- Pandemics - In the event of a pandemic, the crisis team will work to ensure that health workers have personal protective equipment and access to medical care. They will also develop plans for how the industrial base can continue to operate if there is a significant decrease in customer demand.
- Financial Crisis - If a financial crisis hits, the task force's work is to develop plans for how to reduce costs and keep the business afloat. They will also work with lenders and investors to ensure that the company has access to capital.
- War - Unfortunately, we have experienced how war can cause a crisis as there is suddenly a lack of products and political instability. In these cases, the whole government effort is focused on solving the conflict. Domestic production cannot work well and that's why the private sector should find alternative suppliers for needed goods.
Crisis management is an important part of running a business. By having risk mitigation strategies and a stable supply chain in place, you can minimize the damage caused by a disruptive event and ensure that your production capacity can be fully used.
The benefits of having an Ad hoc Buyer in place for critical products
When a company experiences a product shortage, the consequences can be devastating. Not only is there the potential risk for costly litigation, but there is also the very real possibility of lost end users and damage to the company's reputation. To help mitigate these risks, many industries have put an external Ad hoc Buyer in place, in order to reduce reliance. By having an Ad hoc Buyer in place, companies can ensure that only quality products in well-organized supply chains are purchased and that they are not vulnerable to price gouging by suppliers. Additionally, it allows companies to quickly and easily make decisions about what products they need and how best to obtain them. This can be especially important during times of crisis when fast action is essential.
- Increased efficiency in product development: The right Ad hoc buyer can help with the development process by identifying the price market of the materials needed. That way, you ensure manufacturing your product right away, resulting in a more efficient product development process and a better final product.
- Better organization of resources: The Ad hoc buyer buys the products you need. He usually has many supply chains in order to guarantee a fast purchase. This will lead to a more efficient and effective company overall.
- Greater flexibility in the marketplace: It can help to make your company more flexible in the marketplace by finding new suppliers, negotiating better terms, and increasing your supply chain funnels. This will give you a competitive edge and help you to weather any storms that come your way.
- Increased profits: Ultimately, you can increase your profits even in a crisis by saving money on your purchases and increasing sales. This will have a positive impact on your bottom line and help your business to grow.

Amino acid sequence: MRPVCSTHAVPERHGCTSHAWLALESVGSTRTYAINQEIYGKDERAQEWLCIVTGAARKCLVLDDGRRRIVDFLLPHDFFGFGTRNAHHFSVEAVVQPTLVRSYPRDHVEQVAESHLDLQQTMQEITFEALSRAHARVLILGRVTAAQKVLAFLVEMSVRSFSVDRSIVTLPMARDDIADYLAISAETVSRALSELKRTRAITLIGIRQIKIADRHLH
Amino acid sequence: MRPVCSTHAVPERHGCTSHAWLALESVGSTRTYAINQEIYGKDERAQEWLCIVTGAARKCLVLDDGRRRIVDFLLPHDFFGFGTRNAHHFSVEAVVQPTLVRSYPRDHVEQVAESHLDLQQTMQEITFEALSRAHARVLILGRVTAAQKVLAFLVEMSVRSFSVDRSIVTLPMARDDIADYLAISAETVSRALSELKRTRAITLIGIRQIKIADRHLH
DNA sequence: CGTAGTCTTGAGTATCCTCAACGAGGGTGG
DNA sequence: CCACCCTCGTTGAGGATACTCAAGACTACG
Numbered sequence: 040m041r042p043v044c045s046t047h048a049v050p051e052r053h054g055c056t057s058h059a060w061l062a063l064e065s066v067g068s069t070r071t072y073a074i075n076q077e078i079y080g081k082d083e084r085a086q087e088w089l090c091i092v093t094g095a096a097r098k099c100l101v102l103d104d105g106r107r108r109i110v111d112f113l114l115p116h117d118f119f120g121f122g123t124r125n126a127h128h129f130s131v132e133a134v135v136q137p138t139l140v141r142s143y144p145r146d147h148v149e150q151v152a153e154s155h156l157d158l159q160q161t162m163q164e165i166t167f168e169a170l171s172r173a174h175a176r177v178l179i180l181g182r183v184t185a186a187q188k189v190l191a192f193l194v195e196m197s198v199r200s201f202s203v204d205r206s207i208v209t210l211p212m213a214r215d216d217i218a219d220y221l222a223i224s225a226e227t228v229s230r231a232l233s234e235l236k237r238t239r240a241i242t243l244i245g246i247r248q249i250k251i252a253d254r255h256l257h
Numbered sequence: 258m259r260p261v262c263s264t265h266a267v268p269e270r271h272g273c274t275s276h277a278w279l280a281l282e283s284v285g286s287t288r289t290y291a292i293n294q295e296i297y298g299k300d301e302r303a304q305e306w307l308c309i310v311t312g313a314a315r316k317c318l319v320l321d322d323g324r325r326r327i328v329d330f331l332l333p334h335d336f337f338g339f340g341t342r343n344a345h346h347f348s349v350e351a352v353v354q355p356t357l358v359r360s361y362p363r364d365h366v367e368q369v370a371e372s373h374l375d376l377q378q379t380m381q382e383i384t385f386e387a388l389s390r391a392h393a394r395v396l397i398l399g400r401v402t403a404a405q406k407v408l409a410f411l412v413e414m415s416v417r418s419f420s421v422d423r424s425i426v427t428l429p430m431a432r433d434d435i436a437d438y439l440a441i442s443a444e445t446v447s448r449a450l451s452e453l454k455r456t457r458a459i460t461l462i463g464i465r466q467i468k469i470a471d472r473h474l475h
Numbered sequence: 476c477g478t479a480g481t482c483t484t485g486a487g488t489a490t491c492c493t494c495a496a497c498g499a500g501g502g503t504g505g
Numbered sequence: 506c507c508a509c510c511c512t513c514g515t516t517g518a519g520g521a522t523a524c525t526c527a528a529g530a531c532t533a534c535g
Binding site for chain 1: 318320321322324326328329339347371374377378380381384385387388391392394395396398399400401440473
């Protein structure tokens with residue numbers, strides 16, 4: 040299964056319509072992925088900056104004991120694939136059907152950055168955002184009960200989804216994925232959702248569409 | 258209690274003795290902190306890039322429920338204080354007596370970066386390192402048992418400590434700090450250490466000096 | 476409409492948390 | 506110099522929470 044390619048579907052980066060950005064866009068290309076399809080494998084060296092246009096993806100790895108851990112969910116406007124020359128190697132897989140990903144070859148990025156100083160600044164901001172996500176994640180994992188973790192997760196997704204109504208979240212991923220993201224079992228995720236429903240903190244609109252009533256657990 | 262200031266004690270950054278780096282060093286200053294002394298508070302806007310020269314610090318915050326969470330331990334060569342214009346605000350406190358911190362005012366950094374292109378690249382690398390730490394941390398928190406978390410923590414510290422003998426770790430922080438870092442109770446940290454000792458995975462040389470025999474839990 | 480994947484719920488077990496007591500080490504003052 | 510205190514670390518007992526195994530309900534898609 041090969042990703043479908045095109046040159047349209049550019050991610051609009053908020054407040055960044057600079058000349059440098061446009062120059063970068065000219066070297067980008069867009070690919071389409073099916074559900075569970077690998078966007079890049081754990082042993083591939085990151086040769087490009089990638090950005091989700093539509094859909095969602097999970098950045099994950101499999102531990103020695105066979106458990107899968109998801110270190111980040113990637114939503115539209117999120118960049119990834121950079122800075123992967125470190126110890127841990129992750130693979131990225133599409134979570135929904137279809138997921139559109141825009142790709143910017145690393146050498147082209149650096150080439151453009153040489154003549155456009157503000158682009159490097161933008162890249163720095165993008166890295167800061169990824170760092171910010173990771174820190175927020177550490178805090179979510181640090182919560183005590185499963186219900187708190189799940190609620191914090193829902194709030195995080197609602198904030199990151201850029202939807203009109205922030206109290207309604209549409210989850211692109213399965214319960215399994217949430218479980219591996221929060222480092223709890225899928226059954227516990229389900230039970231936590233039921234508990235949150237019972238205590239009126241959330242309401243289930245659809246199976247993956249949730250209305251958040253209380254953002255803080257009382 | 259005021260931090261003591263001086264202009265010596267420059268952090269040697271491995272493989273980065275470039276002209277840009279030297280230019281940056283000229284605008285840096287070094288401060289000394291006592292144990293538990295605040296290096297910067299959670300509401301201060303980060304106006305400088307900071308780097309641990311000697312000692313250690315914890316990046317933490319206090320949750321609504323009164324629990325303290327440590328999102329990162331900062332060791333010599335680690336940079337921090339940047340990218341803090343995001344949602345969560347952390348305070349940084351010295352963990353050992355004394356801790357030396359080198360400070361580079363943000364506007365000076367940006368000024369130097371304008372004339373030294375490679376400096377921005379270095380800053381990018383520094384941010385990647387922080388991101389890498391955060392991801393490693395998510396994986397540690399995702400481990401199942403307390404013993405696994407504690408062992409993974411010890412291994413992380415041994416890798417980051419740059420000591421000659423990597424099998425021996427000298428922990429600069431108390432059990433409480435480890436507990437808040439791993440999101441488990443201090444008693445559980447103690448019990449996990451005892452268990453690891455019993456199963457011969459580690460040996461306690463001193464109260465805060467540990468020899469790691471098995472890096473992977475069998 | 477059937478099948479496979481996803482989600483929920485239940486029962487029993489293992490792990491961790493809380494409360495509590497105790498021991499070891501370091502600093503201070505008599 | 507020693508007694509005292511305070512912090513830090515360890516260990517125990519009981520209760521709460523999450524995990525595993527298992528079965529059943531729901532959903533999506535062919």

What can I do when there is a product shortage?
In today's world, it's more important than ever to be proactive about avoiding product shortages with a comprehensive strategy. With so many moving parts and variables at play in the global marketplace, it can be difficult to predict when and where a shortage might occur.
What Causes Product Shortages?
There are a number of factors that can contribute to a product shortage. Here are some of the most common:
- Unforeseen demand spikes: If a product experiences an unanticipated increase in demand, the supply chain may not be able to keep up. This can happen for any number of reasons, including changes in the tastes of end users or sudden publicity (both good and bad).
- Weather: Extreme weather conditions can disrupt supply chains and cause shortages of food and other perishable goods. Similarly, if crops are damaged by a natural disaster, that can lead to shortages of agricultural products.
- Geopolitics: Political instability in supplier countries can lead to disruptions in the supply chain and shortages of finished goods. For example, if there is civil unrest in a country where your company sources its coffee beans, that could lead to a coffee shortage.
- Production problems: If there are problems at the factory where a product is made—such as a fire or power outage—that can obviously disrupt production and lead to shortages. Additionally, if suppliers are unable to get the raw material supplies they need to make a product, that can also create shortages.
- Transportation issues: If there are disruptions in the transportation system—such as a strike by truck drivers—that can lead to delays in getting products to market, which can cause critical supply chains.